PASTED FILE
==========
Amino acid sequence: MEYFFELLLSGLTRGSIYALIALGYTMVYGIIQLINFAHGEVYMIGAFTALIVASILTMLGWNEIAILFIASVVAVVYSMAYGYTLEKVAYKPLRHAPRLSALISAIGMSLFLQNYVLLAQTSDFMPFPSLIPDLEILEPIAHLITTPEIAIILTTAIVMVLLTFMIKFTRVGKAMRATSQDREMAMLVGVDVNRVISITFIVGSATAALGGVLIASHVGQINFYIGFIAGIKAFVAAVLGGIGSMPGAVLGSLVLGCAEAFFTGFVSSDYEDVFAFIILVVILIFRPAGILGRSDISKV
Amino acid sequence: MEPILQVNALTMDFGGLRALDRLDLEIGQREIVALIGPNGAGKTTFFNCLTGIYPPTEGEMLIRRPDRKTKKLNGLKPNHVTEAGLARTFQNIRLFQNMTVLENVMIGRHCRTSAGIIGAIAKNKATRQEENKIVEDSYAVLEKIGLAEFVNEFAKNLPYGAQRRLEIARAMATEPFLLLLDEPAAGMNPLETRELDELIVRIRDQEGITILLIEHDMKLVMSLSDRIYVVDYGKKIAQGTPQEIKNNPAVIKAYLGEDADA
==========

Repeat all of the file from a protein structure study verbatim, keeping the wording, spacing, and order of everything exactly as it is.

Amino acid sequence: MEYFFELLLSGLTRGSIYALIALGYTMVYGIIQLINFAHGEVYMIGAFTALIVASILTMLGWNEIAILFIASVVAVVYSMAYGYTLEKVAYKPLRHAPRLSALISAIGMSLFLQNYVLLAQTSDFMPFPSLIPDLEILEPIAHLITTPEIAIILTTAIVMVLLTFMIKFTRVGKAMRATSQDREMAMLVGVDVNRVISITFIVGSATAALGGVLIASHVGQINFYIGFIAGIKAFVAAVLGGIGSMPGAVLGSLVLGCAEAFFTGFVSSDYEDVFAFIILVVILIFRPAGILGRSDISKV
Amino acid sequence: MEPILQVNALTMDFGGLRALDRLDLEIGQREIVALIGPNGAGKTTFFNCLTGIYPPTEGEMLIRRPDRKTKKLNGLKPNHVTEAGLARTFQNIRLFQNMTVLENVMIGRHCRTSAGIIGAIAKNKATRQEENKIVEDSYAVLEKIGLAEFVNEFAKNLPYGAQRRLEIARAMATEPFLLLLDEPAAGMNPLETRELDELIVRIRDQEGITILLIEHDMKLVMSLSDRIYVVDYGKKIAQGTPQEIKNNPAVIKAYLGEDADA